Some ideas are so stupid, only a New York Times columnist would believe them (apologies to George Orwell). Today’s stupid Times’ columnist is Roger Cohen:
We have a new verb, “to Goldstone.” Its meaning: To make a finding, and then partially retract it for uncertain motive. Etymology: the strange actions of a respected South African Jewish jurist under intense pressure from Israel, the U.S. Congress and world Jewish groups.
Richard Goldstone is an author of the “Goldstone Report,” an investigation of Israel’s military campaign in Gaza between December 2008 and January 2009. It found that Israel had engaged in a “deliberately disproportionate attack designed to punish, humiliate and terrorize a civilian population,” for which responsibility lay “in the first place with those who designed, planned, ordered and oversaw the operations.” It said both Israel and Hamas may have committed crimes against humanity in a conflict that saw a ratio of about 100 Palestinian dead (including many children) for every one Israeli.
Now Goldstone’s volte-face appears in the form of a Washington Post op-ed. It’s a bizarre effort. He says his report would have been different “if I had known then what I know now.” The core difference the judge identifies is that he’s now convinced Gaza “civilians were not intentionally targeted as a matter of policy.” …
Goldstone, a Jew who takes his Jewishness seriously, has been pilloried by Israel. He fell afoul, as perhaps no other, of the siege mentality of a nation controlling the lives of millions of Palestinians but unsure what to do with them or with the world’s growing disavowal of this corrosive dominion that humiliates its victims and eats into the soul of its masters.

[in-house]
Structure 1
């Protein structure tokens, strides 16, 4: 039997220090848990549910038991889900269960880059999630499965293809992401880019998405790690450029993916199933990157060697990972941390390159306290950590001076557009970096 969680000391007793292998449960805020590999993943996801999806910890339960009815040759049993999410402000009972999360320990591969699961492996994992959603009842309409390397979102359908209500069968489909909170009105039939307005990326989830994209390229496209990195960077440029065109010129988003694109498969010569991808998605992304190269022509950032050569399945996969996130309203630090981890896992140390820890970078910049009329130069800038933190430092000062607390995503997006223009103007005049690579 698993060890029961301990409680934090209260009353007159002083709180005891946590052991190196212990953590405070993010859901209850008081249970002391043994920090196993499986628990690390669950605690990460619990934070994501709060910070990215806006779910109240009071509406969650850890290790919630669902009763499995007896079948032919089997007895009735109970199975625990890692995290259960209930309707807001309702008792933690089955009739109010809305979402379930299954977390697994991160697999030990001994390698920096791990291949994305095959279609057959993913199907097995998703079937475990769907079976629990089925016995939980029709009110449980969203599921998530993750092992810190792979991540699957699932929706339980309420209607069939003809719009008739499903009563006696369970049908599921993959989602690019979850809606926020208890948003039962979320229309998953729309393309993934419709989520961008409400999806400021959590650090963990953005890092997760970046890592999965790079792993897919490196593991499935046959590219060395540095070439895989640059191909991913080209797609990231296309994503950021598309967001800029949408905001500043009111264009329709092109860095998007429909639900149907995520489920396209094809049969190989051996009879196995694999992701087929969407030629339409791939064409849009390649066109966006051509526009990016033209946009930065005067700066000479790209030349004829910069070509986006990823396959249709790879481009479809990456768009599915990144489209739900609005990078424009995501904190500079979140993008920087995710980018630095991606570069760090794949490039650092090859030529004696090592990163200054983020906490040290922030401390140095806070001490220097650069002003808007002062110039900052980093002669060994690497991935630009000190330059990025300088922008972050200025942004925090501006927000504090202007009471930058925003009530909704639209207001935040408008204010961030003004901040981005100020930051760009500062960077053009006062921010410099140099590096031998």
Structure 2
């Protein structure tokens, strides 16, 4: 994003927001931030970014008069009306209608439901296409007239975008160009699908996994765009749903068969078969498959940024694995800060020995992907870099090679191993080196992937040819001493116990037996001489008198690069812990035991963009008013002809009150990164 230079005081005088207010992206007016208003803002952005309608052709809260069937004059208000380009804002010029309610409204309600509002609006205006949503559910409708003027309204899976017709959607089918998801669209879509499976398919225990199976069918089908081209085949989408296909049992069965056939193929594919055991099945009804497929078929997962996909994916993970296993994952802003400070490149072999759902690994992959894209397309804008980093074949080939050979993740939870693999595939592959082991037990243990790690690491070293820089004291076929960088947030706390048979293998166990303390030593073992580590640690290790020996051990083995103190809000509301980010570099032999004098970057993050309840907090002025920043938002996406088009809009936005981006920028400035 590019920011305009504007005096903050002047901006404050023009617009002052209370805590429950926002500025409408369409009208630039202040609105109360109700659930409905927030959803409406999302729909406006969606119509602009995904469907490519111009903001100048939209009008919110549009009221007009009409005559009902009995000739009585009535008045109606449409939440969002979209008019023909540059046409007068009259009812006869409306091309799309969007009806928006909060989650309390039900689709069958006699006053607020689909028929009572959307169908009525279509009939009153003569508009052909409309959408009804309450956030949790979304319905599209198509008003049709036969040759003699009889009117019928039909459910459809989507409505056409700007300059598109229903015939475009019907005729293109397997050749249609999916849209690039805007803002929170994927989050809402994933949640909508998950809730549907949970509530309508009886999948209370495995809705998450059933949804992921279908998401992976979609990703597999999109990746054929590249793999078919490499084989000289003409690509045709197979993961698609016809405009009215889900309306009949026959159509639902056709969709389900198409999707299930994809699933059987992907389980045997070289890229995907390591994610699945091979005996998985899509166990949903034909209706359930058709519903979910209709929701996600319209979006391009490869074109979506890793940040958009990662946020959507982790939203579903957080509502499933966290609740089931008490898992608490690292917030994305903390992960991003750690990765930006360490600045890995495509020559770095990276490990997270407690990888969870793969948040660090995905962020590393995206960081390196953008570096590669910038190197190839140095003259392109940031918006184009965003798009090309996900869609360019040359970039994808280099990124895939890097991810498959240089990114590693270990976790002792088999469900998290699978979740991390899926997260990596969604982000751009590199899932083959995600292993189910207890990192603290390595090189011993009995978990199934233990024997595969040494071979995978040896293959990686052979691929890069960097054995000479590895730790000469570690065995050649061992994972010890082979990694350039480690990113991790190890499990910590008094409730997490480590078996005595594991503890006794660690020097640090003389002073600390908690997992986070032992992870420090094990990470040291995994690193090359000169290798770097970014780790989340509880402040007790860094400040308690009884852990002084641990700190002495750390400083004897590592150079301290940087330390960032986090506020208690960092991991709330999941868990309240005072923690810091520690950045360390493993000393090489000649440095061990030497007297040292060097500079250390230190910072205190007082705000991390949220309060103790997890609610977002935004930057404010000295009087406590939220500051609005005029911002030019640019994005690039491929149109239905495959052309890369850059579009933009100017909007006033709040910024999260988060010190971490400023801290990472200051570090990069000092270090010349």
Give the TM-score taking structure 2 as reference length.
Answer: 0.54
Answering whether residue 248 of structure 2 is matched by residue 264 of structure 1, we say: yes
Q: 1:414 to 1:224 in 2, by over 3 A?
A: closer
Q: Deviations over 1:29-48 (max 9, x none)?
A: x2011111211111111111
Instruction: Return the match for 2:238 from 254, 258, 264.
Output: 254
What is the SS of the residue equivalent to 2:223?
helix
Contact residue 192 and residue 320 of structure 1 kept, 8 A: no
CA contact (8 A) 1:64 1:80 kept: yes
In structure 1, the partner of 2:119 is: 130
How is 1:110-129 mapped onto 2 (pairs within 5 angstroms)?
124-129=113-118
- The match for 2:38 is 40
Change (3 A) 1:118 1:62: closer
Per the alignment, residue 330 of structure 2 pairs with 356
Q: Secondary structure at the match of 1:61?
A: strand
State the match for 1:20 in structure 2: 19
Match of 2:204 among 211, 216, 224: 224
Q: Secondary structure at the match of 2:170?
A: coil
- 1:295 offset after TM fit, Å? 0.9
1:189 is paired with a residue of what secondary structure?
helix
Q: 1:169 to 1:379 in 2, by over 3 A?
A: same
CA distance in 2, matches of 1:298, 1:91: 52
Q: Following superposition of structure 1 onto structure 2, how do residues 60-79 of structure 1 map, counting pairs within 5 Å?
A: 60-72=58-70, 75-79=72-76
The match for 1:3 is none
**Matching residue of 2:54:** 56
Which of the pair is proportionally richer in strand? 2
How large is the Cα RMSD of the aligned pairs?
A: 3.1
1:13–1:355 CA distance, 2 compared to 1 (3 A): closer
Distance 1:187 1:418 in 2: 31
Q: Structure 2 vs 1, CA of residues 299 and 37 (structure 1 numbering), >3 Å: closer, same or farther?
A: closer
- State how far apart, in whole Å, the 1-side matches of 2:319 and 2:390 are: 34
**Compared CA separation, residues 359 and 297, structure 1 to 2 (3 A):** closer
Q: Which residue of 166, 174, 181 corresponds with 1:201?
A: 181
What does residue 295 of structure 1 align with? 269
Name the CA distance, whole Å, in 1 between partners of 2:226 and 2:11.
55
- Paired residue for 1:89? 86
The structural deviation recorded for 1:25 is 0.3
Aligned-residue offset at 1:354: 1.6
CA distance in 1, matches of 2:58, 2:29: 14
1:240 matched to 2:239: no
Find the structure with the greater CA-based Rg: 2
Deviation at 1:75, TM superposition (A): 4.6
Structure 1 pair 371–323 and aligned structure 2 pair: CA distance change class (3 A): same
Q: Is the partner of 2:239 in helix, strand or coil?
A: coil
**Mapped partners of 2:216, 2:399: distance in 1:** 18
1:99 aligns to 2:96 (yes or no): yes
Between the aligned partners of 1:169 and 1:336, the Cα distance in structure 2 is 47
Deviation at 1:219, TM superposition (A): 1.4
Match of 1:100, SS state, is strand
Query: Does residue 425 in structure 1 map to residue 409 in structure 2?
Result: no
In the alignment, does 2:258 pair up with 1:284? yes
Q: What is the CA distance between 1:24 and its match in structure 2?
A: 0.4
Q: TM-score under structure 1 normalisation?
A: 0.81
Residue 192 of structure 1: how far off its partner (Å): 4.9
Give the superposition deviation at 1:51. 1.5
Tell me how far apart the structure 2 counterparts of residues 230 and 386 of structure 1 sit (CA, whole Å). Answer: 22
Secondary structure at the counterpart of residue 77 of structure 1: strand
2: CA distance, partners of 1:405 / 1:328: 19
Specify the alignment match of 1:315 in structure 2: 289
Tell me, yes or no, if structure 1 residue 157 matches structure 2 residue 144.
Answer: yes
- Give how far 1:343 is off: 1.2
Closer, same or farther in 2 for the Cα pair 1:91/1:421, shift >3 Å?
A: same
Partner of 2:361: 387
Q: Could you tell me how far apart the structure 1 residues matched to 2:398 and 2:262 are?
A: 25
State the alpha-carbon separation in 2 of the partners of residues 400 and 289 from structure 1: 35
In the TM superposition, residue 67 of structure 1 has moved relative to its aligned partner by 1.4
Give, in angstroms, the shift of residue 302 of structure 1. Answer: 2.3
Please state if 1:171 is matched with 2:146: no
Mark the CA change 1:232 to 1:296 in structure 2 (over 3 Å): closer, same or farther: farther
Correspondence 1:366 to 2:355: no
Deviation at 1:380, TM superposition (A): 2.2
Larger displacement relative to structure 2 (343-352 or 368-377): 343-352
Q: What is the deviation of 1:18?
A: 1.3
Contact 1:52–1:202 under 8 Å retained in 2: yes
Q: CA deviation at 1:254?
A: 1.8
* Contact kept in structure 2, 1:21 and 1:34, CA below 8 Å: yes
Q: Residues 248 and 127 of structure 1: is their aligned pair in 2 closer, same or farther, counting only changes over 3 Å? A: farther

The charges cascaded: He was a “self-hating Jew,” a hypocrite, a traitor. For Alan Dershowitz he was “despicable.” For Benjamin Netanyahu, the Israeli prime minister, Goldstone was up there with the Iranian nuclear program and Hamas rockets as one of Israel’s “three major strategic challenges.”
Theories already abound on the Goldstone psyche. It was an emotional meeting last year with the South African Jewish Board of Deputies that set him on the retraction road. No, it was a bruising debate last month at Stanford University. No, it was a rightist Israeli minister telling him his report fueled those who knifed West Bank settlers. He was “broken,” one friend suggests.
Mind you, Roger Cohen is the same guy who claimed forever that the Iranian regime was misunderstood and the threat it posed non-existent. And who was responsible for that “misunderstanding”? You guessed it: Israel, Jewish groups and their running dogs. He kept pushing that line right up until the misunderstood mullahs, after having stolen an election, started murdering people in the streets.